Class 12 biology chapter 14 discusses the ecosystem. This chapter explains various concepts and learnings about the ecosystem. You can find detailed explanations and solutions for the chapter in this article. It will help you understand the various aspects and concepts of the chapter and prepare for class.
The NCERT Solutions for class 12 biology chapter 14 gives students access to many questions and detailed solutions, including match the following, fill in the blanks, short question answers, and true or false. You can find all the answers in the article that will help you ace your class 12 exam.
The NCERT Solutions will help you learn about the living creatures and their interaction among themselves and with their surroundings in a functional unit. It has details about the structure of the ecosystem, input of productivity, transfer of energy, and output. You will learn about the relationship cycles, chains, webs, and their energy flow within the ecosystem and their interrelationship.
NCERT Solutions class 12 biology chapter 14 (Ecosystem)
The chapter on ecosystem explains the interaction of living and nonliving components with themselves and each other in a physical environment. An ecosystem can be a small pond, a large forest, or even a sea. It is a visualised functional unit of nature. The entire biosphere is regarded as a global ecosystem that is a composite of all local ecosystems on Earth.
The ecosystem is divided into two categories—terrestrial ecosystem and aquatic ecosystem. The terrestrial ecosystem consists of forests, deserts, grasslands, etc. and the aquatic ecosystem consists of ponds, lakes, wetlands, rivers, and many more.
Let us take a look at the most important topics of chapter 14:
The details of topics of NCERT Solutions class 12 biology chapter 14 are as follows:
Ecosystem structure & its structure: The ecosystem is a community where living and nonliving components interact with each other. It is greater in size and is a functional unit of nature. The ecosystem comprises two different components—biotic and abiotic. Their description and functions are explained below.
Types of ecosystems: An ecosystem can be as small as an oasis in a desert, or as big as an ocean. There are mainly two types of ecosystem:
Components of the ecosystem consider the followings aspects:
Productivity: The rate of biomass production is called productivity. It is measured by the amount of biomass or organic matter produced per unit area over time by the plants during the process of photosynthesis. It is expressed in terms of g –2 yr –1 or (kcal m–2) or –1 to compare the productivity of different ecosystems.
Productivity is divided into two parts—gross primary productivity and net primary productivity. Gross primary productivity is the rate of production of organic matter during the process of photosynthesis. Net primary productivity is defined as gross primary productivity minus respiration losses or GPP – R = NPP.
Decomposition: The process of breaking down complex organic matter into inorganic substances like carbon dioxide, water, and nutrients by the decomposers is called decomposition. The raw material for decomposition consists of dead remains of animals, dead plants such as leaves, flowers, bark, etc. which constitute detritus for decomposition. This process requires large amounts of oxygen and consists of steps such as fragmentation, leaching, catabolism, humification, and mineralization.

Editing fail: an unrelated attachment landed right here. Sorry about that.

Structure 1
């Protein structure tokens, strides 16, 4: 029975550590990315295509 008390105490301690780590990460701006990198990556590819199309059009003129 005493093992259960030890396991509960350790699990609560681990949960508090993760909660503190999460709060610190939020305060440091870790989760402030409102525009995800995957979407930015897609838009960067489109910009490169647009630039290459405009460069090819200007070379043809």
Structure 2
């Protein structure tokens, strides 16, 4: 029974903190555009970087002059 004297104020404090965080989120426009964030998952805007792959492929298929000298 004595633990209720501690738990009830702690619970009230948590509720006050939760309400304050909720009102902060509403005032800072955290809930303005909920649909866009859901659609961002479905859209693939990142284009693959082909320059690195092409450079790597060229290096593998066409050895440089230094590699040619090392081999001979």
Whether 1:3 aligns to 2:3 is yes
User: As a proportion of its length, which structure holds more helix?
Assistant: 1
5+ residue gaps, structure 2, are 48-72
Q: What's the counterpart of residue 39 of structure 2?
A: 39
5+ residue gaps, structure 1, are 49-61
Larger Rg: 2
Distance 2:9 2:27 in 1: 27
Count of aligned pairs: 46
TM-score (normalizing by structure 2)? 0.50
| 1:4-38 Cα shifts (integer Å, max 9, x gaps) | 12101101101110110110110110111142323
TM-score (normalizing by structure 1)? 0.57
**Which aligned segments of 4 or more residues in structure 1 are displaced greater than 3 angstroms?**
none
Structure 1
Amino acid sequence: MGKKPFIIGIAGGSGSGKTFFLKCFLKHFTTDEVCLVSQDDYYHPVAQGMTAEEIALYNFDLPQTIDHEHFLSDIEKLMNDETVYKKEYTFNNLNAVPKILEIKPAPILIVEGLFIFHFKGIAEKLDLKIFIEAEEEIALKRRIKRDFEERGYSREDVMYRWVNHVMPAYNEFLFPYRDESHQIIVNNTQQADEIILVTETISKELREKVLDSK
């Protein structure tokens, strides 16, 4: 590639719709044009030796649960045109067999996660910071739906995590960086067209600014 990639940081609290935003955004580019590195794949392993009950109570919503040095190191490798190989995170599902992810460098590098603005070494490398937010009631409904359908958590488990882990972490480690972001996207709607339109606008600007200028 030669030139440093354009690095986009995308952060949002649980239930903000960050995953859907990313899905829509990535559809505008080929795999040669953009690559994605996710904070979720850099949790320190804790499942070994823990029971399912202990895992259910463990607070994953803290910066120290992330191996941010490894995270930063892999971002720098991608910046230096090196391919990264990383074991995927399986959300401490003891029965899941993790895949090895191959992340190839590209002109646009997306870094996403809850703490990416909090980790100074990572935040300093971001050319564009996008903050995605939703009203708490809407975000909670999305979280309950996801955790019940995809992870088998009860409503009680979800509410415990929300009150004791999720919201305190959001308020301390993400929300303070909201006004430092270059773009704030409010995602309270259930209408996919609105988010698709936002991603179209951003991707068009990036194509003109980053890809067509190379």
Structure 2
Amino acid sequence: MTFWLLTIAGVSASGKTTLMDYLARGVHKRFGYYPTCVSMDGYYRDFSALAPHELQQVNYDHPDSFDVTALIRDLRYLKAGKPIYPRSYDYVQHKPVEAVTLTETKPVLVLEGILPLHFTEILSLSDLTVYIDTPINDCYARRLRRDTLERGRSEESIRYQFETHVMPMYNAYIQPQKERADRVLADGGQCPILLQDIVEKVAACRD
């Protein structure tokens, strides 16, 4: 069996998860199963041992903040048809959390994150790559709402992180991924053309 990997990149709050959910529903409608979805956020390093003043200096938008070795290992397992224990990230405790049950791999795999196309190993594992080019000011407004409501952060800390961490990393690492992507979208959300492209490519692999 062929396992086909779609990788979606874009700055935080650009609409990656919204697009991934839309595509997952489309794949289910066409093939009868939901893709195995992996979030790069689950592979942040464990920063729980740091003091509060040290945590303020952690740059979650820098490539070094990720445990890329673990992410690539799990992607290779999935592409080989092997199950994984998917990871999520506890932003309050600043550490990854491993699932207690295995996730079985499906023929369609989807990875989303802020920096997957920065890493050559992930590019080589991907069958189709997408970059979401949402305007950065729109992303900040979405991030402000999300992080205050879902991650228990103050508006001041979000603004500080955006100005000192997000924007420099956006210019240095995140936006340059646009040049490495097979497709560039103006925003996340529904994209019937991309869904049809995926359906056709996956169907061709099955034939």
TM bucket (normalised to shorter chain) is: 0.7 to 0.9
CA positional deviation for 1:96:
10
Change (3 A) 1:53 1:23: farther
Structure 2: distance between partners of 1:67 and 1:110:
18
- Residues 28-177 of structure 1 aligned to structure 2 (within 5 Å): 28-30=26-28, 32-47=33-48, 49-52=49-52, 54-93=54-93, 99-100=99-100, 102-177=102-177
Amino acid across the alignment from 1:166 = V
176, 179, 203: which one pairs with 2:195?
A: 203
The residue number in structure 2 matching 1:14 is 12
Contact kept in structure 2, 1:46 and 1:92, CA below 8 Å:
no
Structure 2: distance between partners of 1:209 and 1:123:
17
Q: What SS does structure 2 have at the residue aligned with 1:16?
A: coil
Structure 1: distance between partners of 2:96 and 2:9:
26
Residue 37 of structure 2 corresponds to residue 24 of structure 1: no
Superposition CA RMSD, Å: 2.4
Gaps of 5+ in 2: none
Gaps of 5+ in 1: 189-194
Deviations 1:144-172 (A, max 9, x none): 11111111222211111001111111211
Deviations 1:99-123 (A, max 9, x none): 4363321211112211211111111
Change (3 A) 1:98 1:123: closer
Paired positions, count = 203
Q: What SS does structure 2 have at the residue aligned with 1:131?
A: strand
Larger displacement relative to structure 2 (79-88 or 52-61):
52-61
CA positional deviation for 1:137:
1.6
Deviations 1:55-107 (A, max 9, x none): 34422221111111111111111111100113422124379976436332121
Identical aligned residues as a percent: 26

Energy flow: Energy is the primary source for almost all the organisms on Earth. It is the main factor that supports the survival of organisms. Energy flow takes place with the help of the food web and food chain. Energy flows from the Sun to autotrophs or producers and then flows from the producers to the consumers. In the ecosystem, the energy never flows backwards, that is, from the consumers to producers.
Herbivores feed on the autotrophs and change the energy from the plant into energy that they can use. Carnivores subsequently feed on the herbivores and, finally, other carnivores prey on the carnivores.
Ecological Pyramids: The graphical representation of the relationship between different organisms is called an ecological pyramid. It represents a different trophic level by each bar. There are three types of ecological pyramids.
Ecological Succession: Ecological succession is a fundamental concept in ecology. It is a process by which the mix of species and habitat in an area change over time. There are two types of ecological succession.
Nutrient Cycling: It is the process of absorbing, transferring, releasing and reabsorbing nutrients. It is the natural recycling system of mineral nutrients. Nutrients consumed by plants and animals are returned to the environment after death and decomposition, and the cycle continues. Soil microbes play an important role in nutrient cycling. Nutrient cycling rates depend on various factors such as biotic, chemical, and physical.
Ecosystem Services: The products of ecosystem processes are called ecosystem services. For example, healthy forest ecosystems purify air and water, prevent droughts and floods, cycle nutrients, create fertile soils, provide wildlife habitat, maintain biodiversity, pollinate crops, provide storage sites for carbon and aesthetic, cultural and spiritual values. Healthy ecosystems are the base for a wide range of economic, environmental, and aesthetic goods and services.
1. Fill in the blanks.
The types of the ecosystems are as follows:
The aquatic ecosystem is the largest ecosystem in the world.